In the prior week, ending March 21, a revised 3.307 million initial claims were filed.

In just two weeks, nearly all of the jobs gained in the last five years have been lost.

Copyright 2020 NPR. To see more, visit


Copyright 2020 NPR. To see more, visit


Fernanda Melchor's Hurricane Season is so strange, wild, and foul-mouthed that I almost missed the sharp critiques embedded in the story. A mix of drugs, sex, mythology, small-town desperation, poverty, and superstition, this novel spreads like a fungus from the dark center of the literary space where crime fiction and horror meet.

In her new graphic memoir That Can Be Arranged, cartoonist Huda Fahmy recounts how she met and married her husband. The subtitle is A Muslim Love Story — and Fahmy says it's exactly that.

"Muslims are not a monolith ... This is not The Muslim love story, it's A Muslim love story," she says.

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Ellis Marsalis, jazz pianist, educator and patriarch of the Marsalis family, has died. His music students included Terence Blanchard, Donald Harrison, Harry Connick, Jr., and 4 of his sons.

: 4/01/20

In this report, we incorrectly refer to Ellis Marsalis III as Ellis Marsalis Jr.

This new world of social distancing has hit the restaurant industry particularly hard — and some of the biggest names in that world are scrambling for solutions.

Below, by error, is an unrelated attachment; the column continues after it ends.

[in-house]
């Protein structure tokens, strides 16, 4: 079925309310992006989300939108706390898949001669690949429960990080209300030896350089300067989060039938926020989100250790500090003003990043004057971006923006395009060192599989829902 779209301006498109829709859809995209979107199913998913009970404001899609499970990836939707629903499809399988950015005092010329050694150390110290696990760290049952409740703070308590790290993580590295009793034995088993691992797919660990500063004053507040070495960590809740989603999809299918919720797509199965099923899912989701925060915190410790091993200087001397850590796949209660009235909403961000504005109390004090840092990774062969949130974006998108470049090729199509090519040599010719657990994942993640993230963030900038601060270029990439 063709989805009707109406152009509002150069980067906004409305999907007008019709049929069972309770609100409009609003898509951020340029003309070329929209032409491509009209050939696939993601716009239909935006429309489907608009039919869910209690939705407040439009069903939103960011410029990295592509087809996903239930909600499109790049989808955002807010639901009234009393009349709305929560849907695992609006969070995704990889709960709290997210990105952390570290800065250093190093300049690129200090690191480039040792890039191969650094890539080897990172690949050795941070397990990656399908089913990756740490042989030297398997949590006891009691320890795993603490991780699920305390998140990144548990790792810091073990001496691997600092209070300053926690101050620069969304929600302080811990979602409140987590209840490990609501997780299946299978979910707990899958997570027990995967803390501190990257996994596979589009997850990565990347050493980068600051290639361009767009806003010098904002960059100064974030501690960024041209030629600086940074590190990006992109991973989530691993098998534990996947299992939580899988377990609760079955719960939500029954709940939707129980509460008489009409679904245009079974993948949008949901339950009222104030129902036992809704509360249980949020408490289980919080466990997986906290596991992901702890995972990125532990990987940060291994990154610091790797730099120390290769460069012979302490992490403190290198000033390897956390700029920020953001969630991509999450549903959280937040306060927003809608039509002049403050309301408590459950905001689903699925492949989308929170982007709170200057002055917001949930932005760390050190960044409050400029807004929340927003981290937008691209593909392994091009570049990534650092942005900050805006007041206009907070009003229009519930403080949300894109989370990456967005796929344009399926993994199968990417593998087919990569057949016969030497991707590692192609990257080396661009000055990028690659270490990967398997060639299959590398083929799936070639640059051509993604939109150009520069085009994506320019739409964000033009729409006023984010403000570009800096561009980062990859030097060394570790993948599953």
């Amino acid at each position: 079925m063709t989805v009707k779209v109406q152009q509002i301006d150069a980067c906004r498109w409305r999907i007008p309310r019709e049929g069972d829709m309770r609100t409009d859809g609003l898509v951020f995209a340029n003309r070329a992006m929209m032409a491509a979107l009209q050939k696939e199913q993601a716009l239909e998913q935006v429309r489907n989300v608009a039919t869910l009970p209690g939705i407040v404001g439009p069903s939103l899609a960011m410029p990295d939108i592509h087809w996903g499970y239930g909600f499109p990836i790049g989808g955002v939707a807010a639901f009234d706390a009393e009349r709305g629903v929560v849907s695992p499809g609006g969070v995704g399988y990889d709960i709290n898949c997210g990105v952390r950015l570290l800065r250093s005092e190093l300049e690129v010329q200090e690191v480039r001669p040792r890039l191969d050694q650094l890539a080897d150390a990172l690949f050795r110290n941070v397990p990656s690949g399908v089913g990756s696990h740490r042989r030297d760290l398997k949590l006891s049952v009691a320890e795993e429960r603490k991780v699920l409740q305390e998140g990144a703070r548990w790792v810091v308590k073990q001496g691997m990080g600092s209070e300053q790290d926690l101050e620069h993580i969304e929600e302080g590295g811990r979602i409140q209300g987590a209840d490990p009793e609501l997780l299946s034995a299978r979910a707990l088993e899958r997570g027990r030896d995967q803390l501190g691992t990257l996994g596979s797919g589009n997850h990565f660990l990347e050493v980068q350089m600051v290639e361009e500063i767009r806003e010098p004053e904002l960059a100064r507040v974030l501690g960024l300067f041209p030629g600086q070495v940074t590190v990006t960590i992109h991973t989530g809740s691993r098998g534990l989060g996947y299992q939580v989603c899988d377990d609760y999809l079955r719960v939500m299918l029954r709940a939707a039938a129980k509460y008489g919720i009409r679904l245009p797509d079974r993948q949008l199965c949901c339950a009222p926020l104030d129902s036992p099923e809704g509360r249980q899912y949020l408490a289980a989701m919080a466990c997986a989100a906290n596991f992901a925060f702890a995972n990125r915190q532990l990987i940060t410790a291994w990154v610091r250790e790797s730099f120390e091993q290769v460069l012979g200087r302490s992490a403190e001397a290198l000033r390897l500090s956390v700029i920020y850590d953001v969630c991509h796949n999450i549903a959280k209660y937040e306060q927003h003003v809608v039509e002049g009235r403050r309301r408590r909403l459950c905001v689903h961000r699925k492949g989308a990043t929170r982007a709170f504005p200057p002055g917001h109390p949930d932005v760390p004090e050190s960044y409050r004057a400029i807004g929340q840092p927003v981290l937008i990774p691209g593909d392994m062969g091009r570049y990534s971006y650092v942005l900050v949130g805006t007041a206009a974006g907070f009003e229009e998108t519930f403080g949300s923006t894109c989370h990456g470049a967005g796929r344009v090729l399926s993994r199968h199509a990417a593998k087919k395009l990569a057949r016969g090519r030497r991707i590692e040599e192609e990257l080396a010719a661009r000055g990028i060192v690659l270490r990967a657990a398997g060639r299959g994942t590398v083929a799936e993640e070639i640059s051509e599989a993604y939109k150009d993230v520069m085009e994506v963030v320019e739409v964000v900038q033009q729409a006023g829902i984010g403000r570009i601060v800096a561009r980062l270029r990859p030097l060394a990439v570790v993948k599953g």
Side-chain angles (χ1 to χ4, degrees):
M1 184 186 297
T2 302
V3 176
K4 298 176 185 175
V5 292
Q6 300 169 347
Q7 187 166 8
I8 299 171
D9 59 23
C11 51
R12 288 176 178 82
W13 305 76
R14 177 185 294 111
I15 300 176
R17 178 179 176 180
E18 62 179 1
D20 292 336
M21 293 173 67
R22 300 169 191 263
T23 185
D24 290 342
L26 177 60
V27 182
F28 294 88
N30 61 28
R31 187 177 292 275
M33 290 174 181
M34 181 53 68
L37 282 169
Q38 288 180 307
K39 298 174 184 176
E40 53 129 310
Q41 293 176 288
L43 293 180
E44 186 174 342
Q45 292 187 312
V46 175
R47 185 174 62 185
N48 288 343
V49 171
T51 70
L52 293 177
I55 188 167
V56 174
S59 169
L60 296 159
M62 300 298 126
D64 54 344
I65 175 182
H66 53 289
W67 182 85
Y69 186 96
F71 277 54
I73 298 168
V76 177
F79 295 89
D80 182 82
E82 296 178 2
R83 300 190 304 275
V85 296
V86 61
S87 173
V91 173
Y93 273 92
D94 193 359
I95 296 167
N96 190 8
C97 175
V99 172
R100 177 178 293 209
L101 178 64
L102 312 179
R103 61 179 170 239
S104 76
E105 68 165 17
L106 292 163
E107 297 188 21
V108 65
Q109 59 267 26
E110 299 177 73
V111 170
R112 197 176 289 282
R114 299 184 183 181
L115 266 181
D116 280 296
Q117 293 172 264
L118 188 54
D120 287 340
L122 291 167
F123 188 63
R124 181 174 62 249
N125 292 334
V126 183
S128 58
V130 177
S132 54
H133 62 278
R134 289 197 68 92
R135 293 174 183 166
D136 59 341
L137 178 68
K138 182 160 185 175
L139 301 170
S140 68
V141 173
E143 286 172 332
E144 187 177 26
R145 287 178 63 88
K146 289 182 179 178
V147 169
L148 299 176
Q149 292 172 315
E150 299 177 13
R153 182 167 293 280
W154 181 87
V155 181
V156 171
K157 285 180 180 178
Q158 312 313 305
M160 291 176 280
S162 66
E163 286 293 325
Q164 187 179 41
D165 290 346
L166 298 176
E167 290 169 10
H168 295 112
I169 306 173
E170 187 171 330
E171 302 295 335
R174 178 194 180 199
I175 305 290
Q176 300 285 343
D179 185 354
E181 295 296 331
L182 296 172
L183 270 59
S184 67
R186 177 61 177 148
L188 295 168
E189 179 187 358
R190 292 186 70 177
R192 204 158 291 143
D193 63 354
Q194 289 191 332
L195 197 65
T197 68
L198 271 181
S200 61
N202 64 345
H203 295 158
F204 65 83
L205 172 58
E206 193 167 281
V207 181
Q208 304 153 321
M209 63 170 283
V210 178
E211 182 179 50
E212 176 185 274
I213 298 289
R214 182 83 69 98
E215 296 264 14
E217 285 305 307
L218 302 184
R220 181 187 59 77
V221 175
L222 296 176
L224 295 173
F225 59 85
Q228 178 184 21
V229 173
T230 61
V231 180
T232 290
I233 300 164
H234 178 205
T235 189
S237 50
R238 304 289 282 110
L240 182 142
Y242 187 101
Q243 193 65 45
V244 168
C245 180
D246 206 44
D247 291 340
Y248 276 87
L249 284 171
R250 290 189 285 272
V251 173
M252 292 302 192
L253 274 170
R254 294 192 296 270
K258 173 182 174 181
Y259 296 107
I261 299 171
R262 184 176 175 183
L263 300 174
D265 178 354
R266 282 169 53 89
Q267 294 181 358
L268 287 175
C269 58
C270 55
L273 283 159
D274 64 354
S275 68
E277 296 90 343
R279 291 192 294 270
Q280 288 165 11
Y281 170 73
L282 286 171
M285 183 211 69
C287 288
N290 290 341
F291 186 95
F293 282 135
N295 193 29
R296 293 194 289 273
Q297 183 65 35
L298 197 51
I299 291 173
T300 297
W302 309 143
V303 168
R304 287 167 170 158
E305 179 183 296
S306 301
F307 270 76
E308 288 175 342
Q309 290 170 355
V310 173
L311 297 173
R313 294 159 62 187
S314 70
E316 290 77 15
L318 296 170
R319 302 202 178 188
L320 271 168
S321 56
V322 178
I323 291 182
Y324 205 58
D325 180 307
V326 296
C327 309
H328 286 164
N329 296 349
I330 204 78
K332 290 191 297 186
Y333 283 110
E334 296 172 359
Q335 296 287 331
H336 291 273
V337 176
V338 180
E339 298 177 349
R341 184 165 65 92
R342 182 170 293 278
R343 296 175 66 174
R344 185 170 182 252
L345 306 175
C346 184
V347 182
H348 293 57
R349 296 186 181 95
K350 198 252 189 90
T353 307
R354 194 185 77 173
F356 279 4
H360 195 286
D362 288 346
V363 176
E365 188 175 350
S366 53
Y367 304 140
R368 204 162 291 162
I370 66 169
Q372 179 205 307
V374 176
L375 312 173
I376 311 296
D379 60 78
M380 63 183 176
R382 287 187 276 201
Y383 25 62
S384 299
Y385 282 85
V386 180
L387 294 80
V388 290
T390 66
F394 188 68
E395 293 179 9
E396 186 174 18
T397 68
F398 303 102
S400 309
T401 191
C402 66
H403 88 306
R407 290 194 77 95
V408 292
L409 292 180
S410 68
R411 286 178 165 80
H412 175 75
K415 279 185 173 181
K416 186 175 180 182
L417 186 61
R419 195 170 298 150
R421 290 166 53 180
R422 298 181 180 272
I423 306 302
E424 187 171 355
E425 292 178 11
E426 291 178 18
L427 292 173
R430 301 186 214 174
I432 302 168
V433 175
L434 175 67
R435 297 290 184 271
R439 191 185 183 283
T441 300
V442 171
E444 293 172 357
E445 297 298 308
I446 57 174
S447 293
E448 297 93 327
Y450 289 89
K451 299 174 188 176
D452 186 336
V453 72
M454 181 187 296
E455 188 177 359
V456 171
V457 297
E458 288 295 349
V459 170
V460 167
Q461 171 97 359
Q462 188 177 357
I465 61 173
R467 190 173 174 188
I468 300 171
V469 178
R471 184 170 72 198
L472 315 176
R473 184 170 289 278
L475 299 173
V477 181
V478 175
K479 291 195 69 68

Updated Thursday at 3 a.m. ET

In describing steps the military is taking to confront the coronavirus pandemic within its ranks, Defense Secretary Mark Esper said Wednesday that some are calling for the U.S. military to cease operations.

"There seems to be this narrative out there that we should just shut down the entire United States military and address the problem that way. That's not feasible," said Esper during the White House's coronavirus task force briefing.

President Trump was asked Wednesday why his administration hasn't reopened the exchanges to help bridge the insurance coverage gap for those who do not have private insurance and who do not qualify for Medicaid.

On this broadcast of The National Conversation, we answer your questions about the economy, face masks, pregnancy during the pandemic and the U.S. Census.

Copyright 2020 NPR. To see more, visit

Copyright 2020 NPR. To see more, visit

Mobile carrier T-Mobile announced today that it's officially completed a merger with Sprint. The deal, which was announced in 2018, means that the previously third and fourth largest wireless companies in the United States have now become the third — rivaling AT&T and Verizon. The new company, just called T-Mobile, is hoping to use its new pool of resources to expand its 5G capabilities, aiming to provide faster internet speeds to 99% of the population within the next six years.

If you're stocking up on fever reducers and cough medicine as the coronavirus spreads around the country, you may want to hang on to those receipts.

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Two years ago, science writer Ed Yong wrote an article for The Atlantic in which he warned that a new global pandemic was inevitable — and that the world would be unprepared for it when it arrived.